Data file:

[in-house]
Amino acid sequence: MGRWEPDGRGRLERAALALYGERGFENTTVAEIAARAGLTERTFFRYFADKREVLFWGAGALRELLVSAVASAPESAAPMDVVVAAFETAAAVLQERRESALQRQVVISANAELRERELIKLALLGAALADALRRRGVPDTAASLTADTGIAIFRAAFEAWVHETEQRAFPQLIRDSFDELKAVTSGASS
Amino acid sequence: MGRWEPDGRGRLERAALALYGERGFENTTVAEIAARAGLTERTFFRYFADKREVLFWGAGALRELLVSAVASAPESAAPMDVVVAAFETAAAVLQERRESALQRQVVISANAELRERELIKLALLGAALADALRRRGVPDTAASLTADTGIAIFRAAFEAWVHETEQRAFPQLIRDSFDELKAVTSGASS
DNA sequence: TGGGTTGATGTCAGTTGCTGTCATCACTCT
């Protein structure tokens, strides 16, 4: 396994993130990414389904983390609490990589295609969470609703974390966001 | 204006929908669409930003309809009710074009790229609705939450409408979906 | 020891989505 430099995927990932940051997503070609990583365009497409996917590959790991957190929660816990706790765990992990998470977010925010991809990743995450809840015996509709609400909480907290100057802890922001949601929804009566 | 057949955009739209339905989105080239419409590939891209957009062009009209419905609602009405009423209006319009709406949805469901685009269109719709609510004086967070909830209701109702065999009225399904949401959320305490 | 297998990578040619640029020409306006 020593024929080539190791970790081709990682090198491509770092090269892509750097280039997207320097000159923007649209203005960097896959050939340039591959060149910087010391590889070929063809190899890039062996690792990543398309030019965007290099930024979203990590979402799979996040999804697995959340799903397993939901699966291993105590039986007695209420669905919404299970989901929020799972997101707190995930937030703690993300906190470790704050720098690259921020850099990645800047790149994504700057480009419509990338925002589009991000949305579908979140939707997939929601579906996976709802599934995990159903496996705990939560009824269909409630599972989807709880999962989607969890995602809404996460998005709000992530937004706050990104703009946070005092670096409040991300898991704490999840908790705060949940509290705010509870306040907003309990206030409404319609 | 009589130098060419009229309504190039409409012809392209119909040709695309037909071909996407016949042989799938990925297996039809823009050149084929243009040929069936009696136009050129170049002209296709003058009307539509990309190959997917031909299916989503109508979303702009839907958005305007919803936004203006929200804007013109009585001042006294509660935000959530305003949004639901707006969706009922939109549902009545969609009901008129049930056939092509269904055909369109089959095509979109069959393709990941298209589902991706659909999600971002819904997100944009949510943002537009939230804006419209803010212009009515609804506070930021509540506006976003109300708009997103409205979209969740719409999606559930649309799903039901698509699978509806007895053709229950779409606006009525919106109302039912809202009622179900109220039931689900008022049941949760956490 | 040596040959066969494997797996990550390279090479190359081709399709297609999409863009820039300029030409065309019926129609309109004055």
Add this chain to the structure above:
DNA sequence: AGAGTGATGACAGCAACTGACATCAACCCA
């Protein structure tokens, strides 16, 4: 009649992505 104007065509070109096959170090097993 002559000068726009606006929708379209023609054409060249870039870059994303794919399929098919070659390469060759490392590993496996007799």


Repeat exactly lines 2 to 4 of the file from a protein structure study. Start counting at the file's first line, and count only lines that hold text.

Amino acid sequence: MGRWEPDGRGRLERAALALYGERGFENTTVAEIAARAGLTERTFFRYFADKREVLFWGAGALRELLVSAVASAPESAAPMDVVVAAFETAAAVLQERRESALQRQVVISANAELRERELIKLALLGAALADALRRRGVPDTAASLTADTGIAIFRAAFEAWVHETEQRAFPQLIRDSFDELKAVTSGASS
Amino acid sequence: MGRWEPDGRGRLERAALALYGERGFENTTVAEIAARAGLTERTFFRYFADKREVLFWGAGALRELLVSAVASAPESAAPMDVVVAAFETAAAVLQERRESALQRQVVISANAELRERELIKLALLGAALADALRRRGVPDTAASLTADTGIAIFRAAFEAWVHETEQRAFPQLIRDSFDELKAVTSGASS
DNA sequence: TGGGTTGATGTCAGTTGCTGTCATCACTCT